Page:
Friday, August 10, 2012

Jobs for PhD's

I continue to see articles describing the grim job market for those pursing and finishing PhDs. A recent article from the Washington Post from July 7, 2012 (“U.S. pushes for more scientists, but the jobs aren’t there”) describes a surplus of science doctorates looking for research positions. The article uses examples of four people: a new neuroscientist yet to find work, two chemists laid off from pharmacy research, and a geneticist who spent 7 years as a low paid post doctoral research apprentice before leaving research entirely. It makes sober reading, especially when the politicians still talk about a future with new jobs in “high tech.” However, the bigger picture of jobs for doctorates in all fields gets worse day by day.

The accelerating growth of new PhDs in all fields is the first source of job problems for new graduates. In the year ending June 2000, 44.8 thousand finished doctorates. The number increased every single year until 70.2 thousand finished degrees in the year ending June 2010. (1) The totals come from the National Center for Education Statistics at the U.S. Department of Education. In the years from June 2000 to June 2010, 599.1 thousand new PhD’s were added to the supply of existing PhD holders.

No one pursing a PhD can afford to ignore the college teaching market which has over 80 percent of the jobs certain to require a PhD. From the years 2000 to 2010 the Bureau of Labor Statistics reports college faculty increased from nearly 1.31 million to 1.46 million, or about 150 thousand new jobs. A job market with potentially 599.1 thousand new PhD’s looking for 150 thousand new jobs guarantees some very difficult job hunting. Retirements in any field can help generate job openings even if job growth is slow, except that tenured college faculty have a well earned reputation for retiring later rather than sooner.

Any American thinking of a PhD should remember that up to a third of science and engineering PhDs in selected years are foreign nationals, especially over the last 20 years. Many foreign nationals started careers in the United States but more and more they return home to start new companies and work in research and teaching in their native universities. Americans with doctorates need to accept that the job market for doctorates looks more and more like a global market.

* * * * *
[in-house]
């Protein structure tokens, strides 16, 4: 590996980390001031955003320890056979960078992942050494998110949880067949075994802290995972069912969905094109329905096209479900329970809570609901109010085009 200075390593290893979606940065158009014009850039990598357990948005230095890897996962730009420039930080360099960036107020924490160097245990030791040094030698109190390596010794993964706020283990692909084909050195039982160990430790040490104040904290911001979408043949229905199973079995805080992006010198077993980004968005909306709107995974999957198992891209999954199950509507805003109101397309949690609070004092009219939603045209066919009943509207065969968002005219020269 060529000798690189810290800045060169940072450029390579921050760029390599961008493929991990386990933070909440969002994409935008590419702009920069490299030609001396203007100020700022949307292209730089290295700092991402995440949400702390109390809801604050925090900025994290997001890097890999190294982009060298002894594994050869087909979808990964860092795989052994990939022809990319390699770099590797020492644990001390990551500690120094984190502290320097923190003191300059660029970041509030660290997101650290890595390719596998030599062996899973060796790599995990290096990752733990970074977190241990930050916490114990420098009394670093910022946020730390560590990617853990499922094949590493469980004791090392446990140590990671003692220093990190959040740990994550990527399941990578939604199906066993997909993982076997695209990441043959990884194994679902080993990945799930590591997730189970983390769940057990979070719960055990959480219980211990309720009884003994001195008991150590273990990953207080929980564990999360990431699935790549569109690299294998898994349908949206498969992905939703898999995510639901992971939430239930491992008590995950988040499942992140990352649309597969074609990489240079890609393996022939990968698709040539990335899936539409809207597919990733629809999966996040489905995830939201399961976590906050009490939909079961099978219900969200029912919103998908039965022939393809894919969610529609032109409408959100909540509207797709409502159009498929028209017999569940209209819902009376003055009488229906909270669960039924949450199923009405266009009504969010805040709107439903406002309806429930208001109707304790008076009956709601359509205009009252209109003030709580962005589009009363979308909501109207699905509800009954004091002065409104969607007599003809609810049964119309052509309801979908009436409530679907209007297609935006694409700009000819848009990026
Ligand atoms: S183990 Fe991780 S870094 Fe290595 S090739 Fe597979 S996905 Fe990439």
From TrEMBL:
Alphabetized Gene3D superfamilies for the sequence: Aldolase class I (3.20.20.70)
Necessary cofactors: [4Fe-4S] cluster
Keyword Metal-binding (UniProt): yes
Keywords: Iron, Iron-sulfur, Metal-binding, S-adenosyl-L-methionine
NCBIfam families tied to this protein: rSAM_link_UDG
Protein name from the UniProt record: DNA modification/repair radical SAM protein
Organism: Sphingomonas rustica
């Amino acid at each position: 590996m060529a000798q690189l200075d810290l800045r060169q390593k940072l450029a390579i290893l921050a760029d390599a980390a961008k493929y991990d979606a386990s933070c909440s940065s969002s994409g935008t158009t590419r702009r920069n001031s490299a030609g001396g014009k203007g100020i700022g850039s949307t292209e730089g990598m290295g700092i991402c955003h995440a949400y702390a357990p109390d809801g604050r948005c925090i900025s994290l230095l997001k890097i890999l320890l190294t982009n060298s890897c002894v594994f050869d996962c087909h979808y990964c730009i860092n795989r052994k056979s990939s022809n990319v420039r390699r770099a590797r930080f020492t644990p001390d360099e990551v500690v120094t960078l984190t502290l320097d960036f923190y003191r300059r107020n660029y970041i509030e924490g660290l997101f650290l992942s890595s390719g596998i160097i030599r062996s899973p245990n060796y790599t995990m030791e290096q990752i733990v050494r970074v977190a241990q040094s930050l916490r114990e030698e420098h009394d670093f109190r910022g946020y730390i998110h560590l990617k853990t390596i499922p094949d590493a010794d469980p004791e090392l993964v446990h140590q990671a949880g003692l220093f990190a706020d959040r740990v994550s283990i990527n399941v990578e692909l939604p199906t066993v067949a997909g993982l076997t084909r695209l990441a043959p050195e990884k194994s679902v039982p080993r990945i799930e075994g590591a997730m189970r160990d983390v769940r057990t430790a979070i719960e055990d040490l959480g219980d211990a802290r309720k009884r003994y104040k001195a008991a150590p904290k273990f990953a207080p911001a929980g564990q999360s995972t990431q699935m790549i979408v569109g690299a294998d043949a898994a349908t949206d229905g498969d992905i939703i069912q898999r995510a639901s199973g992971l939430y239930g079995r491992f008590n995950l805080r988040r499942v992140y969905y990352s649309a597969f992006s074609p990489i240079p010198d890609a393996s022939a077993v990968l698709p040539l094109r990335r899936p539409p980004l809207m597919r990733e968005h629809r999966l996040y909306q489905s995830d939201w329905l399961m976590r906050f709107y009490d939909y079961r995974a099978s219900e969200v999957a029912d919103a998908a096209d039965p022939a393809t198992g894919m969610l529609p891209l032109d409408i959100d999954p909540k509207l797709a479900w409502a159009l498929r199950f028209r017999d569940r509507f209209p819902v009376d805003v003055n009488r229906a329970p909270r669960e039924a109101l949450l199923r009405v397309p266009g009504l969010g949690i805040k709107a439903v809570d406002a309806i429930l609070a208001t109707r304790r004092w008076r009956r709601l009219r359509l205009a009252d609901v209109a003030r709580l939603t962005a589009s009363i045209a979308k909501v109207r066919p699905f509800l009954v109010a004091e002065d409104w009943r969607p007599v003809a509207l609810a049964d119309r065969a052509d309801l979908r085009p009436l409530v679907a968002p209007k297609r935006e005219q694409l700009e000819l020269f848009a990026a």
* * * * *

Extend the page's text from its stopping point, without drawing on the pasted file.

Optimists and pessimists both know that some fields are better than others. Take chemistry, a field where chemistry faculty in postsecondary education increased from 16 thousand in 2000 to 21.1 thousand in 2010, or 5.1 thousand more faculty jobs. Nearly 2.5 thousand finished chemistry doctorates in 2010 alone with over 20 thousand new chemistry doctorates reported from 2000 to 2010.

As a science field, it helps that chemists have more opportunities outside of teaching than other fields in social sciences and literature. The chemical manufacturing industry, especially the pharmaceutical industry and also the plastics, rubber, paint, and fertilizer industries, hires chemists. Firms specializing in engineering services and firms doing basic research also employ chemists. The Bureau of Labor Statistics reports jobs for just over 80 thousand chemists and 27 thousand chemical engineers in 2011.

Some of the jobs for chemists in research and manufacturing need a PhD, but the credential itself is not as important in business and research the way it is for academia. Management decides which jobs can be done without PhD skills, which puts PhD holders in competition with a plentiful supply of chemistry baccalaureate and master degree holders. Worse, jobs for chemists and chemical engineers are both down since 2000. The decline is small but there are thousands of new BA, MA as well as PhD degrees in chemistry, and similarly in other fields.

The surplus of doctorates and their dominant employment as college faculty has generated a dual job market where established faculty with tenure operate separately from new PhD’s. New PhD’s might find post doctoral research in the sciences or adjunct positions with a course by course salary or a temporary appointment, but those positions go for expansion or to replace retiring faculty. Tenured faculty do not lose their jobs or accept lower salaries to hire and pay new faculty. The burden of the surplus falls entirely on new PhDs to accept low salaries for an indefinite period.

Dual markets and the risk of long delays working at low wages make it difficult to forecast a rate of return to funds invested in a Ph.D. Where people leave their chosen field for other work the return drops to zero, but long delays on top of four to seven years in a graduate program suggests minimal returns on a large investment of tuition, time and effort. Those thinking of a PhD should think carefully.

Note (1) The total excludes law, pharmacy, medicine (MD) and veterinary degrees.